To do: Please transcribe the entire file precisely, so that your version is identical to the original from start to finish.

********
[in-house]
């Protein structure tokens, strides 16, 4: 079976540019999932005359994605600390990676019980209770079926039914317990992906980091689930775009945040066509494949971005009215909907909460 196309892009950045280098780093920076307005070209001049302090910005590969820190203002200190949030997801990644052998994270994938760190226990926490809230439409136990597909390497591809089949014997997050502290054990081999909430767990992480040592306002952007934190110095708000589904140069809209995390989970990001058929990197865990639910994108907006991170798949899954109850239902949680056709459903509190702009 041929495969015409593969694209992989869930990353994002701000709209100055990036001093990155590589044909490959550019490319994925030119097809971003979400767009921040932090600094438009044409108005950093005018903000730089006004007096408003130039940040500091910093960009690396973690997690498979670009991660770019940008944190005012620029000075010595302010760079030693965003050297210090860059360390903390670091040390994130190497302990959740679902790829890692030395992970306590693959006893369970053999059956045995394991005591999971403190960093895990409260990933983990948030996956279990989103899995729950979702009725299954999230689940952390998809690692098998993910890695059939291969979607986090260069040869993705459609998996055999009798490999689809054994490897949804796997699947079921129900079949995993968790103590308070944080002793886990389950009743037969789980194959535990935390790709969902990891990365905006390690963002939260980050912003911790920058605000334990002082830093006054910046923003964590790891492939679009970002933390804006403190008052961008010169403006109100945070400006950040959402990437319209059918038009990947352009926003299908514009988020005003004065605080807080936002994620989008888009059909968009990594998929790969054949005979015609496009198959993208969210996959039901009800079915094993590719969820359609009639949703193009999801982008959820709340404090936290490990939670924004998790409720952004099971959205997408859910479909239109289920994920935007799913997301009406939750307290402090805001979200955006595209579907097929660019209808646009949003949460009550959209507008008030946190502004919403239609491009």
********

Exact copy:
[in-house]
């Protein structure tokens, strides 16, 4: 079976540019999932005359994605600390990676019980209770079926039914317990992906980091689930775009945040066509494949971005009215909907909460 196309892009950045280098780093920076307005070209001049302090910005590969820190203002200190949030997801990644052998994270994938760190226990926490809230439409136990597909390497591809089949014997997050502290054990081999909430767990992480040592306002952007934190110095708000589904140069809209995390989970990001058929990197865990639910994108907006991170798949899954109850239902949680056709459903509190702009 041929495969015409593969694209992989869930990353994002701000709209100055990036001093990155590589044909490959550019490319994925030119097809971003979400767009921040932090600094438009044409108005950093005018903000730089006004007096408003130039940040500091910093960009690396973690997690498979670009991660770019940008944190005012620029000075010595302010760079030693965003050297210090860059360390903390670091040390994130190497302990959740679902790829890692030395992970306590693959006893369970053999059956045995394991005591999971403190960093895990409260990933983990948030996956279990989103899995729950979702009725299954999230689940952390998809690692098998993910890695059939291969979607986090260069040869993705459609998996055999009798490999689809054994490897949804796997699947079921129900079949995993968790103590308070944080002793886990389950009743037969789980194959535990935390790709969902990891990365905006390690963002939260980050912003911790920058605000334990002082830093006054910046923003964590790891492939679009970002933390804006403190008052961008010169403006109100945070400006950040959402990437319209059918038009990947352009926003299908514009988020005003004065605080807080936002994620989008888009059909968009990594998929790969054949005979015609496009198959993208969210996959039901009800079915094993590719969820359609009639949703193009999801982008959820709340404090936290490990939670924004998790409720952004099971959205997408859910479909239109289920994920935007799913997301009406939750307290402090805001979200955006595209579907097929660019209808646009949003949460009550959209507008008030946190502004919403239609491009």